Invisible Man by Ralph Ellison is based around a main character whose identity is never revealed throughout the entire novel. Blindness and invisibility are ongoing motifs in the novel and Ellison cleverly displays how the motifs are related. Ellison might be trying to say that when one becomes blind they are invisible to the truth of their own actions or of societys actions, or that when becoming blind, African Americans are subjected to the white mans rule. Blindness forces an invisible identity. The motifs in Invisible Man are similar to those in The Adventures of Huckleberry Finn by Mark Twain. Huckleberry Finn does not know his identity and is viewed by society invisible. The narrator in Invisible Man realizes he does not know what his identity is and that his peers cannot see him.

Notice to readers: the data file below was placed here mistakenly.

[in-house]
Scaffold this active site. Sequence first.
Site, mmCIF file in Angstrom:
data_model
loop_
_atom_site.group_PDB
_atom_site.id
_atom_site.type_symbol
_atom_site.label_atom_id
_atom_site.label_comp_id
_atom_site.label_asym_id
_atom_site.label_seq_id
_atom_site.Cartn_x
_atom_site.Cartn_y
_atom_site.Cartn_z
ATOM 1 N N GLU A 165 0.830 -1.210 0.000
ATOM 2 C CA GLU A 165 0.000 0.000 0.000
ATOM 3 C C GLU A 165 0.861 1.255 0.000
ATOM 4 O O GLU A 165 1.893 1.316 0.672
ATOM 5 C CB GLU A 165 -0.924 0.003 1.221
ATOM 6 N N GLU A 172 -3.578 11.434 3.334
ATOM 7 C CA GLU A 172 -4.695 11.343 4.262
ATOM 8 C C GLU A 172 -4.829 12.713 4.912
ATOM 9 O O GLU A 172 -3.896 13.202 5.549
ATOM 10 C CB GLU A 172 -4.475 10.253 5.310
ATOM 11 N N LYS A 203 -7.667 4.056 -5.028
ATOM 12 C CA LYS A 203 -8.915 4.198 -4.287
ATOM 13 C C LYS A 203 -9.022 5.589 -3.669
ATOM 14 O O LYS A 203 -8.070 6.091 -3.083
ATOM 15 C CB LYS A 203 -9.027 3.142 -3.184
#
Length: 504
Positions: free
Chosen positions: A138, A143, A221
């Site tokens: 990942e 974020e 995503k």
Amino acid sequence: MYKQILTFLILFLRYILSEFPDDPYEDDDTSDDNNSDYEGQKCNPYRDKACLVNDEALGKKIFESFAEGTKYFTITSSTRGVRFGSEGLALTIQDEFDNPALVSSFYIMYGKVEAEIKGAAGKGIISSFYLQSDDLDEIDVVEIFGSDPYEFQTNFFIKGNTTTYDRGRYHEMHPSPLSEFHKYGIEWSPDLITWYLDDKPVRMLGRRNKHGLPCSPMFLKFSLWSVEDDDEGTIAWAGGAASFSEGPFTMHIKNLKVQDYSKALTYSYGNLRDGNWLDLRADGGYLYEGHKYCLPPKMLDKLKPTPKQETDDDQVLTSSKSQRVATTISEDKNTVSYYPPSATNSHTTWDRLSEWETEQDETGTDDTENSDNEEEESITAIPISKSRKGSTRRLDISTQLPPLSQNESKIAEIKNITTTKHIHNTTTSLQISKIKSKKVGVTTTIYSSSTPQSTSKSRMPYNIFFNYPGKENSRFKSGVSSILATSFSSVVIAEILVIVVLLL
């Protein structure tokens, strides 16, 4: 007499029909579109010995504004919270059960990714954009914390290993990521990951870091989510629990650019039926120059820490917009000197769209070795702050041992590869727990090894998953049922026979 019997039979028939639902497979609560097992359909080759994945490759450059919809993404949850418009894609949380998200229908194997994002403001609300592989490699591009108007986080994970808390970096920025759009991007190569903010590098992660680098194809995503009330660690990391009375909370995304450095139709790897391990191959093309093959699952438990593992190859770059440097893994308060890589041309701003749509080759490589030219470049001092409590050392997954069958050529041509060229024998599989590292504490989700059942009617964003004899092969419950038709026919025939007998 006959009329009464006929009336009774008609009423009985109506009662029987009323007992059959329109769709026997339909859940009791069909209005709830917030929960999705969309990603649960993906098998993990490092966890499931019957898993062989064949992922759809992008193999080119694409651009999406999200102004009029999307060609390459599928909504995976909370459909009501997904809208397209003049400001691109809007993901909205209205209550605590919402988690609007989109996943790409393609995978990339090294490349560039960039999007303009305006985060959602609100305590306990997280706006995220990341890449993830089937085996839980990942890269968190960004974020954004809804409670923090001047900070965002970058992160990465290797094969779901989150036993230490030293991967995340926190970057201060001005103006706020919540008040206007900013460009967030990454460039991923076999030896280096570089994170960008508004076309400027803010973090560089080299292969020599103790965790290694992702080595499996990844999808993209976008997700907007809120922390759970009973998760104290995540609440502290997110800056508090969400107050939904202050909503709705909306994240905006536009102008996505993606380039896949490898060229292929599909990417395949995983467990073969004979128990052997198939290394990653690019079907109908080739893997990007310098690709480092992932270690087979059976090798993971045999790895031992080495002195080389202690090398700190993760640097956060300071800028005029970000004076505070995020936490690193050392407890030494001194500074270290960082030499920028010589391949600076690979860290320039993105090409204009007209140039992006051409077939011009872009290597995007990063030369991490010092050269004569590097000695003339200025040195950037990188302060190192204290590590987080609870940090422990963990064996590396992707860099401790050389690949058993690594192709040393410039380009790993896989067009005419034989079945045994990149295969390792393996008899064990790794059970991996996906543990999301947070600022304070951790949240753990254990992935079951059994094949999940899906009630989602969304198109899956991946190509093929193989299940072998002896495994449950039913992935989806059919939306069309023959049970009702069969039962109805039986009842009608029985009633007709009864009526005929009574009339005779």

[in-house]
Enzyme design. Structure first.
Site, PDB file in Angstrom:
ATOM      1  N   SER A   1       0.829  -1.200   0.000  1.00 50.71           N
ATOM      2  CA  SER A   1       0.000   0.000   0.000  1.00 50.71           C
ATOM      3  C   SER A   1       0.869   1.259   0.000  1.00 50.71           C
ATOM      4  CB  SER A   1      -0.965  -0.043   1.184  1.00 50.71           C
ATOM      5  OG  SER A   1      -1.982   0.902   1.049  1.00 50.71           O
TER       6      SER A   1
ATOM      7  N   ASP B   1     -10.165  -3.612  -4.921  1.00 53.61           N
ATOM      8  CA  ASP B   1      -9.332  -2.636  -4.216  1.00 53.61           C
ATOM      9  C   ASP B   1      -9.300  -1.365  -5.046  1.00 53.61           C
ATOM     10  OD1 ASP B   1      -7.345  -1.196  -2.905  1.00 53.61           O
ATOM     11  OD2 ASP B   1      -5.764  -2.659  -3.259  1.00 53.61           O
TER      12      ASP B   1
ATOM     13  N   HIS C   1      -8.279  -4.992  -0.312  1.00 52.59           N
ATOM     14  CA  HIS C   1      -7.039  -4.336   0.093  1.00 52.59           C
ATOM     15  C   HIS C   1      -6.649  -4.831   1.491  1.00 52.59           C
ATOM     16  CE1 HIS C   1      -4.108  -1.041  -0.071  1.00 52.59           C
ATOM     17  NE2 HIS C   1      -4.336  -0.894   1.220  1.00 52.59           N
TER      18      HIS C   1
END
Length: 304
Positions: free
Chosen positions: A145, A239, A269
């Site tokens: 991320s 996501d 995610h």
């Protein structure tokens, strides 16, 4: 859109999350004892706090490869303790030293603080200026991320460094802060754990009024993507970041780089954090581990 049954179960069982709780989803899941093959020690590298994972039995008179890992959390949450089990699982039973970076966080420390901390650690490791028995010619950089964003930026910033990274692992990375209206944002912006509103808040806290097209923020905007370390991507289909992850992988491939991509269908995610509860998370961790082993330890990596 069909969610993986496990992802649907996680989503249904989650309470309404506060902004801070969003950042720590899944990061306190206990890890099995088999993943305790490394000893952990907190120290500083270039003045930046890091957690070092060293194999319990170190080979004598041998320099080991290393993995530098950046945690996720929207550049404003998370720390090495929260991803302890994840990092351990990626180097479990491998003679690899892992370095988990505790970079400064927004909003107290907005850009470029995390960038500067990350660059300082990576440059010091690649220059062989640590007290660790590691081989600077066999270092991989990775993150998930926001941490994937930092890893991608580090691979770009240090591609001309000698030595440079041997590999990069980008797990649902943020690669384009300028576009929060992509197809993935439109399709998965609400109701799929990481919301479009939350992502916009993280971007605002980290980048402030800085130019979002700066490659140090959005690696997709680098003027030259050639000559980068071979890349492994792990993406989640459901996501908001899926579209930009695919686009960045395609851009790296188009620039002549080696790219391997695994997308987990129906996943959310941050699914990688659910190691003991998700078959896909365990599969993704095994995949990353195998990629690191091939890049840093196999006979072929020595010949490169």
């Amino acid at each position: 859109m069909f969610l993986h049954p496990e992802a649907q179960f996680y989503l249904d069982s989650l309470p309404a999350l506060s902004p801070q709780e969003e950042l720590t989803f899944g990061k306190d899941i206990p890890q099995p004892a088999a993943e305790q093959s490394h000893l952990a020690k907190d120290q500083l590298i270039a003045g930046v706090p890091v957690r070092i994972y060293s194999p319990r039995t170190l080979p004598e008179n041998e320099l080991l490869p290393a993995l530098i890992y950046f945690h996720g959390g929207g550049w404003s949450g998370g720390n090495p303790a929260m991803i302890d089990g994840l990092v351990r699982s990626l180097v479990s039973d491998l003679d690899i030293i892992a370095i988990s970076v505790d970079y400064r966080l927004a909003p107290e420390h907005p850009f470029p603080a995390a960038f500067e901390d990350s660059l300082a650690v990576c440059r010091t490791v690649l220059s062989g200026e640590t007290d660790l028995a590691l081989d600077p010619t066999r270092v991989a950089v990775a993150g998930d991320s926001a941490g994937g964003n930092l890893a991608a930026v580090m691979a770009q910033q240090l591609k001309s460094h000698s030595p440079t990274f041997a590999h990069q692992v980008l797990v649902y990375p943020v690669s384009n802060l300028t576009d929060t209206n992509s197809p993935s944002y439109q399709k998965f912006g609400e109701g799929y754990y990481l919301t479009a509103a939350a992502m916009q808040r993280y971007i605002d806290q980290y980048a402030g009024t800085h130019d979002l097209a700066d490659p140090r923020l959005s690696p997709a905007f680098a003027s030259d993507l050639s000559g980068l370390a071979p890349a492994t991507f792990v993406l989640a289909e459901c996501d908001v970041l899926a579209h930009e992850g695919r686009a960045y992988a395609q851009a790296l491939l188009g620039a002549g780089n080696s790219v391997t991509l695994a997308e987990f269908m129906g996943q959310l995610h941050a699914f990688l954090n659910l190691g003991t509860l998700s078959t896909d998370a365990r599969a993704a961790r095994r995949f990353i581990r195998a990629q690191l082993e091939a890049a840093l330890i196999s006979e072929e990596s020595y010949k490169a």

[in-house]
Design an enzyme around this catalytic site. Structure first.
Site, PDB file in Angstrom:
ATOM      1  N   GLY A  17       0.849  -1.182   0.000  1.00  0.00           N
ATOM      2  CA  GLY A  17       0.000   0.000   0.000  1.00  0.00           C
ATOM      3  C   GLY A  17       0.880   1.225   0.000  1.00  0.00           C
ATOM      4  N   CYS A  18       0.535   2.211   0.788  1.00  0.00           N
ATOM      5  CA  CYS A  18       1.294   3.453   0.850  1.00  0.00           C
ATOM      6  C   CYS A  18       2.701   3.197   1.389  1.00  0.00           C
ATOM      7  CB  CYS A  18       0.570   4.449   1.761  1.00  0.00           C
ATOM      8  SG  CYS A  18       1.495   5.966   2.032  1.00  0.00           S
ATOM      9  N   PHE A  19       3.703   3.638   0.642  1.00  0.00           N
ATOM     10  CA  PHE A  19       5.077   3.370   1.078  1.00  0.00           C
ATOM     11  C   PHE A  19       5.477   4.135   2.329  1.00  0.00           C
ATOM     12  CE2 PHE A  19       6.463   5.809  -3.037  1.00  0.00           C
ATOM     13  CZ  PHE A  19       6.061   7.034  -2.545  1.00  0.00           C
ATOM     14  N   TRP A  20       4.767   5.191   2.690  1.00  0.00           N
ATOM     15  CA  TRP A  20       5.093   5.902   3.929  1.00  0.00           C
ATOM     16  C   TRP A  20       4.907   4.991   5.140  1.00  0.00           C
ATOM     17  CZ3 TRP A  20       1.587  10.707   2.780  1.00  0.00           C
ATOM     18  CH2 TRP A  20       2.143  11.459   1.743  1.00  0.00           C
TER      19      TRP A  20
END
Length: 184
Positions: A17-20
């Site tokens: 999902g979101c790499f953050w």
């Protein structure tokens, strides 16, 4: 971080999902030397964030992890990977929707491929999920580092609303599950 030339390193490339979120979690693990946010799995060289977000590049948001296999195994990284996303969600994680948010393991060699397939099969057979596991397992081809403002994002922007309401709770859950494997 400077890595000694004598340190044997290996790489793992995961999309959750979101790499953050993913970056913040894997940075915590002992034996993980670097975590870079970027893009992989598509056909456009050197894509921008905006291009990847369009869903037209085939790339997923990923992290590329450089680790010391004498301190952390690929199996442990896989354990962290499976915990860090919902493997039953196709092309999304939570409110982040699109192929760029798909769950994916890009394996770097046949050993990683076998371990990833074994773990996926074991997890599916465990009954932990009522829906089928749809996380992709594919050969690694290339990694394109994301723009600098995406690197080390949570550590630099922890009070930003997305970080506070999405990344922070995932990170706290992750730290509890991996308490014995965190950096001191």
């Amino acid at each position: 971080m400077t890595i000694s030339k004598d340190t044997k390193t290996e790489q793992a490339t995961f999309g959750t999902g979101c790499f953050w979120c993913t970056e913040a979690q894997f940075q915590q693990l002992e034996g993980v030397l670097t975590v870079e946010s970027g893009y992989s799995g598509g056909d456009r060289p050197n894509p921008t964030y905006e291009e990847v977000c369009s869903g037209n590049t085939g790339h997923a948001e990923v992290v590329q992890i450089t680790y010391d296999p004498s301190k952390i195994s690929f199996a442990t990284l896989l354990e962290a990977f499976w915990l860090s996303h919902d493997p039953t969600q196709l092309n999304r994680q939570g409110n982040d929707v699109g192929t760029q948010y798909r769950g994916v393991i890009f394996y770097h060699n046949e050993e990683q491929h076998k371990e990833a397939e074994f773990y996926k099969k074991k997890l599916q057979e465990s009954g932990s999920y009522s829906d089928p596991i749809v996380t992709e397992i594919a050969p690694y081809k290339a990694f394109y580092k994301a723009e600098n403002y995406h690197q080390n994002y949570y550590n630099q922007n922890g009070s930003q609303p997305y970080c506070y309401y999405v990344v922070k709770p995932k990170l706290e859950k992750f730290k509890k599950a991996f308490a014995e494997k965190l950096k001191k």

The narrator states in the Prologue that he is an invisible man because he is black and therefore the whites are blind since they fail to recognize his existence. He also claims that being invisible is both advantageous and a great annoyance (Ellison 3). People fail to see the narrator for who he is and he states, When they approach me, they see only my surroundings, themselves, or figments of their imagination-indeed, everything and anything except me (3). The invisible man also states I am invisible, understand, simply because people refuse to see me (3). The narrator is not seen for the person he is but instead for what others believe him to be which makes them blind. He also claims that he is invisible because he is black displaying societys racial prejudice against blacks. The narrators identity lies in being invisible which he finally realizes after many years. The invisible man also realizes that for him to hold some sort of shape he needs light since truth is light. He has lived in darkness for many years before realizing his identity as an invisible man and now lights up his home for he now knows who he is. Although invisibility may be an annoyance for the narrator, it is also a form of freedom and a sense of control over others. He tries to have the upper hand on those in society but soon realizes that although he might be able to weaken his enemy, he ultimately cannot fix the problems of society. When the invisible man comes to grasps with this, he comes out of his hibernation for hiding is no use anymore.